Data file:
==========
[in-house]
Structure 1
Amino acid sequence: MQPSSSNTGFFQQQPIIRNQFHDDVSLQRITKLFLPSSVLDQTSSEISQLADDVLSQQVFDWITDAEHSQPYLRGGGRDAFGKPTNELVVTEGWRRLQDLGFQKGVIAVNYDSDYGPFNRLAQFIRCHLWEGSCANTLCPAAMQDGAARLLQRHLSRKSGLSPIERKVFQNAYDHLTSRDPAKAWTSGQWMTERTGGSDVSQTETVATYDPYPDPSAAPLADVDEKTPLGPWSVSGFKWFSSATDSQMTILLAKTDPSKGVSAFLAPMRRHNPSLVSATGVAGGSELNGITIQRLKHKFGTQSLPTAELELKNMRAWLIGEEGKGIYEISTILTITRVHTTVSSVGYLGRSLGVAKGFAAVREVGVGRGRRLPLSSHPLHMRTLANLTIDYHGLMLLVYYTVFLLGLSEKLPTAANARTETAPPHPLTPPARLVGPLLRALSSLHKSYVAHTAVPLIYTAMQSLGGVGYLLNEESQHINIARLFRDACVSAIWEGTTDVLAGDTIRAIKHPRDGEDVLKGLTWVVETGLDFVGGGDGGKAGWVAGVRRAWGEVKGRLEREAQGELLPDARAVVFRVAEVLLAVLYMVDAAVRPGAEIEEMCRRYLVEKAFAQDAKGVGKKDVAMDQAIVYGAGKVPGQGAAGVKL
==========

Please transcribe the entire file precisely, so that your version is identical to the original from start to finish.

[in-house]
Structure 1
Amino acid sequence: MQPSSSNTGFFQQQPIIRNQFHDDVSLQRITKLFLPSSVLDQTSSEISQLADDVLSQQVFDWITDAEHSQPYLRGGGRDAFGKPTNELVVTEGWRRLQDLGFQKGVIAVNYDSDYGPFNRLAQFIRCHLWEGSCANTLCPAAMQDGAARLLQRHLSRKSGLSPIERKVFQNAYDHLTSRDPAKAWTSGQWMTERTGGSDVSQTETVATYDPYPDPSAAPLADVDEKTPLGPWSVSGFKWFSSATDSQMTILLAKTDPSKGVSAFLAPMRRHNPSLVSATGVAGGSELNGITIQRLKHKFGTQSLPTAELELKNMRAWLIGEEGKGIYEISTILTITRVHTTVSSVGYLGRSLGVAKGFAAVREVGVGRGRRLPLSSHPLHMRTLANLTIDYHGLMLLVYYTVFLLGLSEKLPTAANARTETAPPHPLTPPARLVGPLLRALSSLHKSYVAHTAVPLIYTAMQSLGGVGYLLNEESQHINIARLFRDACVSAIWEGTTDVLAGDTIRAIKHPRDGEDVLKGLTWVVETGLDFVGGGDGGKAGWVAGVRRAWGEVKGRLEREAQGELLPDARAVVFRVAEVLLAVLYMVDAAVRPGAEIEEMCRRYLVEKAFAQDAKGVGKKDVAMDQAIVYGAGKVPGQGAAGVKL